Farm to Table Dinner @ Urban Roots Farm - the first 75 attendees to register for the conference will be assured tickets to the dinner. Register now at MOFB.ORG.

Hotel rooms will be available at a discounted rate of $89.00 until July 10.  For reservations please call University Plaza Hotel at 417-864-7333.

Friday, June 19, 2015

$16 Million Available for Rural Micro-Enterprise Development in 2015

Very small businesses are the lifeblood of rural America, yet small entrepreneurs often struggle to access credit and business training. Fortunately, the U.S. Department of Agriculture (USDA) operates a rural development program — the Rural Microentrepreneur Assistance Program (RMAP) — aimed at addressing this gap.

RMAP provides loans and grants to Microenterprise Development Organizations (MDOs) — non-profit organizations, community-based financial institutions, and local economic development councils — that in turn provide technical services and microloans to rural small business owners in their states and local communities.

On Friday, June 19, USDA announced the availability of RMAP funding to support nearly $14.2 million in loans as well as $2.1 million in training and technical assistance grants for small business development in rural areas.

NSAC and its member groups helped create RMAP in the 2008 Farm Bill and then renew its authority in the 2014 Farm Bill. The 2014 Farm Bill provides RMAP with sufficient funding to support most of the $16.3 million available in FY 2016, though a small portion will come from carry over funds from previous years.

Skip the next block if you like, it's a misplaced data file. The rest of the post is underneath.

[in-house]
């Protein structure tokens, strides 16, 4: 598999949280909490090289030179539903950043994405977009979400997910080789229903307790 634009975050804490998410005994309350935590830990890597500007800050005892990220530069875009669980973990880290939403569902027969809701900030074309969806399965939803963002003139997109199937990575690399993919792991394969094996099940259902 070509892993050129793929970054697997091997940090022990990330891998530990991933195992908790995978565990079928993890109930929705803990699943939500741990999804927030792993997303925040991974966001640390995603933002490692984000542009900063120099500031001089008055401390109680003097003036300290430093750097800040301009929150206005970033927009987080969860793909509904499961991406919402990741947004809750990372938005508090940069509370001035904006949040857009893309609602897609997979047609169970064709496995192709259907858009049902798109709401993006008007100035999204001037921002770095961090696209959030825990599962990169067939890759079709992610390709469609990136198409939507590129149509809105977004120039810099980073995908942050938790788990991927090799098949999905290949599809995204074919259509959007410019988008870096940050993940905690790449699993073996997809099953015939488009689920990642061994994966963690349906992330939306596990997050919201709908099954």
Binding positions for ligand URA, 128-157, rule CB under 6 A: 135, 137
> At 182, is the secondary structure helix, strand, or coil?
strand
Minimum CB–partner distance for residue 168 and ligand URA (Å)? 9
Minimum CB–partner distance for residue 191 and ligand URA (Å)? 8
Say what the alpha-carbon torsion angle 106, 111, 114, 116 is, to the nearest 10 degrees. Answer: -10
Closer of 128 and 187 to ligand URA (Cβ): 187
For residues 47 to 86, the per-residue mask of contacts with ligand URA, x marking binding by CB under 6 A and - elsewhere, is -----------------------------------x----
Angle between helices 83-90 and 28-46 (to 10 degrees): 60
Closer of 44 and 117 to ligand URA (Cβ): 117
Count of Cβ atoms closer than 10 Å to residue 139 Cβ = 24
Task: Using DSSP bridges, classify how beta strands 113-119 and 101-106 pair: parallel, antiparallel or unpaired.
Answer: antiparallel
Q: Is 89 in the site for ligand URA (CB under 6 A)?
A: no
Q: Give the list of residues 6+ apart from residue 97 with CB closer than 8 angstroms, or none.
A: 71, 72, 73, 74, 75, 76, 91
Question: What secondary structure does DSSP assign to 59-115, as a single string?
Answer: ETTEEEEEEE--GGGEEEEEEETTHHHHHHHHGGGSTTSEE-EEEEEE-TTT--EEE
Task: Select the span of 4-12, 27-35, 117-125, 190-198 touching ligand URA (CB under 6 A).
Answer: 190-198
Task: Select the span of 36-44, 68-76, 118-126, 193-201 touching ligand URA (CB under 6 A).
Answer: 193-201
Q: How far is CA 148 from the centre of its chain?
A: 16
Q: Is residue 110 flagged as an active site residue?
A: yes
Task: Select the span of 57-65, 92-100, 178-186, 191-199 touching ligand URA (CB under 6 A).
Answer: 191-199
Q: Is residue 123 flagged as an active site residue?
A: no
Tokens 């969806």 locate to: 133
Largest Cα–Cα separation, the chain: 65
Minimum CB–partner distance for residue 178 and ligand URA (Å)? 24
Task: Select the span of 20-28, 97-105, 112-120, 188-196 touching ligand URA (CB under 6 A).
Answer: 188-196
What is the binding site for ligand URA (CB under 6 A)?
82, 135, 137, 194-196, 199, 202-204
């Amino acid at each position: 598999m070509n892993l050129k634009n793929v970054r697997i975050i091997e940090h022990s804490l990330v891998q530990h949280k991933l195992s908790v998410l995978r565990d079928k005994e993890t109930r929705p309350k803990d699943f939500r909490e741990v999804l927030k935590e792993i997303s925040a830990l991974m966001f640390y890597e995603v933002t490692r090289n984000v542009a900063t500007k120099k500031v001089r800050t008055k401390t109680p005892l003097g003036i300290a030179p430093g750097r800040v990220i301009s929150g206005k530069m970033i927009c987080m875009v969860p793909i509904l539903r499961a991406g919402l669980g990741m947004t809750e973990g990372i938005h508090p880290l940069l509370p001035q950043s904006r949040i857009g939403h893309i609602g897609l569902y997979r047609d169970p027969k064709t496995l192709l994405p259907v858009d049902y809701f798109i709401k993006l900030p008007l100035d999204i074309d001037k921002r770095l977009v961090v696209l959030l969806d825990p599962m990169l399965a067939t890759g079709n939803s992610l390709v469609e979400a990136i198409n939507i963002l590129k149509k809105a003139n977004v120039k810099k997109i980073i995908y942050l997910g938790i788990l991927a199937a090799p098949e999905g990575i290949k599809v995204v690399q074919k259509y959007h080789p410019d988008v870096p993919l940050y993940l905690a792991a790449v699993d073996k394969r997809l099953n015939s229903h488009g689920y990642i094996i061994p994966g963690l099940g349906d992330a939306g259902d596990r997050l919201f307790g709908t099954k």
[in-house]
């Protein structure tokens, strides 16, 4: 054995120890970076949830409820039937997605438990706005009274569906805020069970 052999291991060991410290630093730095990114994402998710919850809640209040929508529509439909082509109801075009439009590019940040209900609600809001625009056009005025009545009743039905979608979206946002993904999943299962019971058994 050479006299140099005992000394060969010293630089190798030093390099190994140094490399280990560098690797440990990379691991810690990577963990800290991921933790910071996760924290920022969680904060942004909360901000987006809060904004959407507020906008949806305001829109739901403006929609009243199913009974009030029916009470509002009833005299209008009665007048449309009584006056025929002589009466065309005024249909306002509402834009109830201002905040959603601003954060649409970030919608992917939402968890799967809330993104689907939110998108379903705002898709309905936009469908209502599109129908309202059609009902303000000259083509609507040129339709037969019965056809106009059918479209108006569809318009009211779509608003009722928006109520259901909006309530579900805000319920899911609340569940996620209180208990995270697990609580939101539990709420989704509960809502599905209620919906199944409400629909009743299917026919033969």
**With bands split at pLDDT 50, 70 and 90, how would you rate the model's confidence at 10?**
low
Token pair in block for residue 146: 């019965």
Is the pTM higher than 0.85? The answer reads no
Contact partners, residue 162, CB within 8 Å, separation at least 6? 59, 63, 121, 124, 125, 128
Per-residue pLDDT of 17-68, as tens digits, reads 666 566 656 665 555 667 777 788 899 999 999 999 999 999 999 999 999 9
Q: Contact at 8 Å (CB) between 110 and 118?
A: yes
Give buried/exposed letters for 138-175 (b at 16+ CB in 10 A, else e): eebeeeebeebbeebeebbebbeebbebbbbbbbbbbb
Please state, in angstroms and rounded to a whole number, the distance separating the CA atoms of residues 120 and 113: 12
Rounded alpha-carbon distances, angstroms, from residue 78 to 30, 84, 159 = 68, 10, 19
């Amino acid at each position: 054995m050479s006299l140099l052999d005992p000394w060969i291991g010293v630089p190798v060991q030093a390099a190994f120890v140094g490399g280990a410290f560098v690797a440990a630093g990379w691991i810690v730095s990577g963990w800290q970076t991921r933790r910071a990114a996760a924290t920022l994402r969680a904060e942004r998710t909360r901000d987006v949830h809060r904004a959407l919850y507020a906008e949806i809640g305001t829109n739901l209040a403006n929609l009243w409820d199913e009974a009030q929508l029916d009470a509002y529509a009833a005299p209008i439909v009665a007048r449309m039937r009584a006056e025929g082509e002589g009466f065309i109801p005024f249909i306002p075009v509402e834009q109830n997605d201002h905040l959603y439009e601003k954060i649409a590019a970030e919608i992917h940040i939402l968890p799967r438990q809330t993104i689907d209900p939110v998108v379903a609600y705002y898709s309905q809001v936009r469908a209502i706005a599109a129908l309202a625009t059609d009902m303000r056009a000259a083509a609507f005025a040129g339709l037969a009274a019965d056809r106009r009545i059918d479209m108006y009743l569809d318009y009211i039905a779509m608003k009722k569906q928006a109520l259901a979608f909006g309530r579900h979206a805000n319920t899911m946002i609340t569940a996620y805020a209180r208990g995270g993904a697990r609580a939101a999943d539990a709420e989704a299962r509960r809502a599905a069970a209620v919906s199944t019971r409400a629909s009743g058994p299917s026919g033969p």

We are currently working to secure additional discretionary funding for this highly successful program through the annual appropriations process. On top of the very limited mandatory funding provided by the the Farm Bill, the President requested discretionary funding to support an additional $25 million in loans and grants in FY 2016. We are hopeful that final FY 2016 appropriations legislation will include this funding.

RMAP defines a “microentrepreneur” as a rural sole proprietorship or business with less than ten employees. Additionally, potential borrowers are required to show that they cannot obtain funding from other lending sources due to lack of credit or limited business development experience. The microbusinesses must be located in rural areas defined as any area other than a city or town that has a population of greater than 50,000 and the urbanized area contiguous and adjacent to such a city or town according to the latest decennial census.

Types of Funding Available
There are three categories of funding that are available through RMAP:
  • Loan capital to MDOs to provide fixed interest rate microloans of less than $50,000 to rural entrepreneurs for the development of microenterprises in rural areas. Loans through MDOs cannot exceed a 20-year timeframe and need to bear an annual interest rate of at least one percent. Each MDO must establish a loan loss reserve fund and keep at least five percent of the outstanding loan balance in reserve.
  • Technical assistance grants to MDOs to provide marketing, management, and other technical assistance to microentrepreneurs who have already received or applied for an RMAP loan through an MDO. The maximum annual grant award can be no more than 25 percent of the organization’s outstanding microloan balance. This assistance could include but is not be limited to networking, online collaboration and marketing, grant-writing, entrepreneurship workshops or conferences.